People would be idiotic not to question climate science
The debate over climate change and global warming shows no sign of losing its intensity. Those that disagree with the view that man's activities are contributing to global warming are branded as right wing, in the pockets of business, Fox News junkies, on the take from vested interests and a lot more. Only idiots we are told deny or are sceptical of "science." Yet the scientific method thrives and moves forward on scepticism.
It is true that science and its discoveries have been a powerful engine of growth. But its not all been one way. The bedrock of scientific research is that the same experiments yield the same results no matter who does them. However scientists at the biotech company Amgen, a few years ago attempted to replicate 53 cancer-related studies, but were only able to replicate six. Bayer HealthCare had a similar experience in only being able to reproduce a quarter of the result of 67 studies.
We are frequently told that we should believe that global warming science is irrefutable because the UN Inter Governmental Panel on Climate Change report is supposed to be based on the work of 9,136 scientists and their 2,239 peer reviewed articles. However it's worth bearing in mind that the IPCC is not a scientific organisation. Its charter restricts it to looking for human induced global warming, rather than what occurs as a result of natural climate forces. In practice it is not interested in views which do not support the influence of human activity, specifically carbon dioxide.
However it is not unheard of in the past for the scientific consensus to be wrong. Tom Quirk, a former research physicist and a member of the Australian Climate Science Coalition, notes that for many years it was received medical opinion that "ulcers were caused by stress, spicy foods, and too much acid."
Subsequently two Western Australians Barry Marshall and Robin Warren proved that they were mostly caused by a bacterium and were better treated by antibiotics and not by surgery and drugs. The pair were awarded the Nobel Prize for their efforts but not before enduring criticism that they were peddling nonsense.
There are parallels with global warming with huge vested interests within the science community, finance, politics maintaining that anyone that denies global warming is idiotic. A huge one trillion US dollar industry has grown up around global warming. Making sense of climate is a difficult and highly complex operation. Climate models attempt to replicate, natural variability ocean currents, the intensity of sun cycles, estimate changes in cloud cover, vegetation and the changes brought on snow and ice cover. Then the impact of increasing levels of man-made C02 are combined with this.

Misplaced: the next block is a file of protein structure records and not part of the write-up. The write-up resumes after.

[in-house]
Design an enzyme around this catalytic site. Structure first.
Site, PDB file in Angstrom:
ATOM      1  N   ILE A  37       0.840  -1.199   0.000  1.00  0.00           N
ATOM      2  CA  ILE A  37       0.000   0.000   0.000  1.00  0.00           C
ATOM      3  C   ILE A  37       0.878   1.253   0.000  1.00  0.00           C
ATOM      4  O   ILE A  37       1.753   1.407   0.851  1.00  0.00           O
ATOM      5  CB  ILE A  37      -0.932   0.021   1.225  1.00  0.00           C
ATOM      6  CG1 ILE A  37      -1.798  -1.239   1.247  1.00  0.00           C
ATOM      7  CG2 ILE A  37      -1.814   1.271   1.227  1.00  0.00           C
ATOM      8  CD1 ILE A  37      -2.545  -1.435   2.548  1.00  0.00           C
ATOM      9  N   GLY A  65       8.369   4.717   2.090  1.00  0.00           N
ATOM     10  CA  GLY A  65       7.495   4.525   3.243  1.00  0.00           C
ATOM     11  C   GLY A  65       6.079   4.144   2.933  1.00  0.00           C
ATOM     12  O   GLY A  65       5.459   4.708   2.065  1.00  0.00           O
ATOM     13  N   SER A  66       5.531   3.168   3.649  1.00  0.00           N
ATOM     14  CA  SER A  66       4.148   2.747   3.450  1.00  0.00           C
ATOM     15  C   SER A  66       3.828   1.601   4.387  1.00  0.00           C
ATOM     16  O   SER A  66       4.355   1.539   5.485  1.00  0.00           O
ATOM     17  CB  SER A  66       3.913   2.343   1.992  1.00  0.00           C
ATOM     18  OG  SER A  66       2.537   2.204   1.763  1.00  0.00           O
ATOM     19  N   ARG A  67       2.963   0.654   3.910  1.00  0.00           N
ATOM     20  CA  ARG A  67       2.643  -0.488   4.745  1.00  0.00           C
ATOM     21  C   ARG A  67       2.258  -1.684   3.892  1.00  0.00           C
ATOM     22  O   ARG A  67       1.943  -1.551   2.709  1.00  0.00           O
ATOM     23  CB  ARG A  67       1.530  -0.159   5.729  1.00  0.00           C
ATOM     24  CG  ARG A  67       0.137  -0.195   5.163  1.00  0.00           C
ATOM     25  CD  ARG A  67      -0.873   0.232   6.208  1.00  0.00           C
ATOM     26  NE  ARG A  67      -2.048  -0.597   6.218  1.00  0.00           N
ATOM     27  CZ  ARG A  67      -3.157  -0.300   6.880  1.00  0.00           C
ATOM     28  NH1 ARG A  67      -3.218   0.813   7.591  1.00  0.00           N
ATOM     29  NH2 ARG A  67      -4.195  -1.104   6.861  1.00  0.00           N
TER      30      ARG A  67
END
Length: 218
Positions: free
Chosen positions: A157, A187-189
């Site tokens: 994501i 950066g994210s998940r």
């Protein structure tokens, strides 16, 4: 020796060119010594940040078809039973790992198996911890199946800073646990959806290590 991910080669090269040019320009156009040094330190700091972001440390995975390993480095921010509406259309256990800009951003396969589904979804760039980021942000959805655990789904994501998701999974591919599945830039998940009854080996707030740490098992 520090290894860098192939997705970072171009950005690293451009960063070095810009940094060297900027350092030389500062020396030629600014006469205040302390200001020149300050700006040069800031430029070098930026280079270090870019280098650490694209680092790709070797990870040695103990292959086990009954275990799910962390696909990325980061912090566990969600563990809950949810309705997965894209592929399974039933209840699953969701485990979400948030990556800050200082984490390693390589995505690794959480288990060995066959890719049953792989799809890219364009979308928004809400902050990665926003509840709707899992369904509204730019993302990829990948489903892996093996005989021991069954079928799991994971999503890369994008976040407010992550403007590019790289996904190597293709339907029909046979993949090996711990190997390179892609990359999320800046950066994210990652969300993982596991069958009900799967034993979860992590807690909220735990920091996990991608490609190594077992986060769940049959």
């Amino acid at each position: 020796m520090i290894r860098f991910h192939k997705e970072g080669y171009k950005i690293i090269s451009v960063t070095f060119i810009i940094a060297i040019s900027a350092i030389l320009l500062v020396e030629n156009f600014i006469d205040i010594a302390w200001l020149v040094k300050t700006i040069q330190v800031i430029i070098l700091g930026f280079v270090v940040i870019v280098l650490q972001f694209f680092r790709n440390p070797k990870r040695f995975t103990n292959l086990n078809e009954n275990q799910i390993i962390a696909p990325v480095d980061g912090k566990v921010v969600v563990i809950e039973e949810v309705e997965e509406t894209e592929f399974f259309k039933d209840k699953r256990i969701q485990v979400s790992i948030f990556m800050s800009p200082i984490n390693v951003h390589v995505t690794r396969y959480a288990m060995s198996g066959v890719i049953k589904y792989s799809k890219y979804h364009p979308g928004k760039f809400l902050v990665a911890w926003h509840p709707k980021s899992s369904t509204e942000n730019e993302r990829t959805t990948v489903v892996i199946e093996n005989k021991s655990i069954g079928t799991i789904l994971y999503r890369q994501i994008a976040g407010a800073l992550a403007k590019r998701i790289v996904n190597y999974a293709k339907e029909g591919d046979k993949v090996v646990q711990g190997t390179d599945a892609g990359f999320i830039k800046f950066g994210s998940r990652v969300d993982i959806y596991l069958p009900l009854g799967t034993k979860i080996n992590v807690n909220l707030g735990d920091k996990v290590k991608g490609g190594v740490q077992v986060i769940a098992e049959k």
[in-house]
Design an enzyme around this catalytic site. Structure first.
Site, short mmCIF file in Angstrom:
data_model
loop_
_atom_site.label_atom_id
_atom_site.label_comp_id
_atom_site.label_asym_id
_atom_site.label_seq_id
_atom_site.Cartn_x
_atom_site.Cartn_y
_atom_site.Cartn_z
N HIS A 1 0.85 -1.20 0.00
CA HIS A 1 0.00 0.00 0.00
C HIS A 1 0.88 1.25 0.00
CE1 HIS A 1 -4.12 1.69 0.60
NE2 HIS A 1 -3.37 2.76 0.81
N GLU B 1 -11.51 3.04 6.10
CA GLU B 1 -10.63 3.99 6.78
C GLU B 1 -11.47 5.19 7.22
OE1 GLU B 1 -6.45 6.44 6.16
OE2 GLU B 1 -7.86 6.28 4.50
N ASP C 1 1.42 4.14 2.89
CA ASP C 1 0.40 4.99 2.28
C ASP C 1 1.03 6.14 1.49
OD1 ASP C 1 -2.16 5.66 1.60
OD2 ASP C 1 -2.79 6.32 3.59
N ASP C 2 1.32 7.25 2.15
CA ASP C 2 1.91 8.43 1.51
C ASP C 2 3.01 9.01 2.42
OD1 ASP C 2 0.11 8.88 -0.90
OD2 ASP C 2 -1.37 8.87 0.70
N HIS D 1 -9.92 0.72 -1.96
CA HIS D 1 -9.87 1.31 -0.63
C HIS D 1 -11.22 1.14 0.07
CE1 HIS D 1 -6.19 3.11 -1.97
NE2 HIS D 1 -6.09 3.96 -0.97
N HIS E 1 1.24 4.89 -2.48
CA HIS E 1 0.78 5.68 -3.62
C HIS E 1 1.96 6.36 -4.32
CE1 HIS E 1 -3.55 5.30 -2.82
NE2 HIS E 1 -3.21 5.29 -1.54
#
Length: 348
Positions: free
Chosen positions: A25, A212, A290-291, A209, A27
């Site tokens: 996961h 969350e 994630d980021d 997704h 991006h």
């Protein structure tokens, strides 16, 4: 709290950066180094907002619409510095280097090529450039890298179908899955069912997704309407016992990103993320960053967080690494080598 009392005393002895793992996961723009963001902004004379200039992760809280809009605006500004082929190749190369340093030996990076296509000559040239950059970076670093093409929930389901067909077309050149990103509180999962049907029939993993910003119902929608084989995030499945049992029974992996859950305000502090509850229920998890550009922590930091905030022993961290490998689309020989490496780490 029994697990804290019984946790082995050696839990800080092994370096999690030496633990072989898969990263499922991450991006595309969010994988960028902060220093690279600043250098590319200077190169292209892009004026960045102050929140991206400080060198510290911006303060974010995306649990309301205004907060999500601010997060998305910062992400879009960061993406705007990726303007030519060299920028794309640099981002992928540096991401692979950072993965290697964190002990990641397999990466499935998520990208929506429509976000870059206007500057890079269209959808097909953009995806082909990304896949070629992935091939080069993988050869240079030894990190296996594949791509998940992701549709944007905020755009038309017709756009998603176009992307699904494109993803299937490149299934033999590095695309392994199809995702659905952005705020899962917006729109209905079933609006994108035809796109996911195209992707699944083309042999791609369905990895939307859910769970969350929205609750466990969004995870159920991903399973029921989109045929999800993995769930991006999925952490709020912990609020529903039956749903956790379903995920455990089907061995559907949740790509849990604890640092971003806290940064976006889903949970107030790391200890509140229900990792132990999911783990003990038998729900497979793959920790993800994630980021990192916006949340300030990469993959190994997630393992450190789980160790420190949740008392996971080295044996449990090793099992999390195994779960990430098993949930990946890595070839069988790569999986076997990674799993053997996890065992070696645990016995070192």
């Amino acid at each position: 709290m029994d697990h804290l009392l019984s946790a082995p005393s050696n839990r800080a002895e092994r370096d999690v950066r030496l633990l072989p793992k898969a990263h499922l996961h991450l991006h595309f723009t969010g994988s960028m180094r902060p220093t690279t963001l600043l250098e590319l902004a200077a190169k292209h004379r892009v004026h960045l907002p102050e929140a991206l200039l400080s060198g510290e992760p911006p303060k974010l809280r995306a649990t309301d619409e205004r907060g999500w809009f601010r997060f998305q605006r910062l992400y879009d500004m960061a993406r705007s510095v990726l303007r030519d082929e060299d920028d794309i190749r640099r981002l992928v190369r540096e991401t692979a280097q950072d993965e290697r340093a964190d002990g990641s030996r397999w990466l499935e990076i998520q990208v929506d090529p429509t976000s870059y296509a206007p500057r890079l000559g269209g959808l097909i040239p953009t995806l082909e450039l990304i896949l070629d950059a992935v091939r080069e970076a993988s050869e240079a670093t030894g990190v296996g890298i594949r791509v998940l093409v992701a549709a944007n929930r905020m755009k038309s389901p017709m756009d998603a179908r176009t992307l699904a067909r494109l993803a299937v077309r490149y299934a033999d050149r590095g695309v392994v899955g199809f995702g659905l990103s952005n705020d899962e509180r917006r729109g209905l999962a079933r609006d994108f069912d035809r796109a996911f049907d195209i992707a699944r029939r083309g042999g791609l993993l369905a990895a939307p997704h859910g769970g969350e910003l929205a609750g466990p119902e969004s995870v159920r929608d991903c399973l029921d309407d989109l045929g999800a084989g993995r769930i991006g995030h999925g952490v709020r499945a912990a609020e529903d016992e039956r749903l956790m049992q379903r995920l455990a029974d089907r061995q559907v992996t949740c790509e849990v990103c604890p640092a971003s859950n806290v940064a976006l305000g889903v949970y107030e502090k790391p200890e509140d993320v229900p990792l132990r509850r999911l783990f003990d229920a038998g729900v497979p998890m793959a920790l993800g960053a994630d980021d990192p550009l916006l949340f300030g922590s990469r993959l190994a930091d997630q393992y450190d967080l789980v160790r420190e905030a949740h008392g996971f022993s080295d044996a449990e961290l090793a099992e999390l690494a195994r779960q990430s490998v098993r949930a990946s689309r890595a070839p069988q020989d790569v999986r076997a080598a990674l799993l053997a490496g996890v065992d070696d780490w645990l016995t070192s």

However there is considerable disagreement among the scientific community about the efficacy of the models. The models have difficulty in replicating previous temperature let alone forecasting the future. There are a host of issues about the IPCC reports which have been raised by the Inter Academy Council, the world's premier scientific body, which are critical of the IPCC. Its August 2010 report on the UN's climate body identifies: political interference, conflicts of interest, bias, claiming certainty in absence of evidence, vague statements not supported by evidence, management problems and so on. Given all this it seems perfectly justified to be at least sceptical about the claims of the IPCC, and the so-called catastrophic consequences of global warming. Indeed if nothing else it is scepticism that has kept science honest. Given the billions of dollars that are being poured into policies on the basis of alarmist climate forecasts people need to be asking a lot of questions about the science.
Loneliness can be twice as unhealthy as obesity according to a study of loneliness among older people in Britain. Scientists tracked more than 2,000 people aged 50 and over and found that those who were the most lonely were almost twice as likely to die during the six year period of the study than the least lonely, The Guardian reports. Those who felt lonely had a 14 per cent greater risk of dying than the average person in the study. These figures mean that obesity has half the impact on early death as loneliness. Poverty increases the risk of an early death by 19 per cent.
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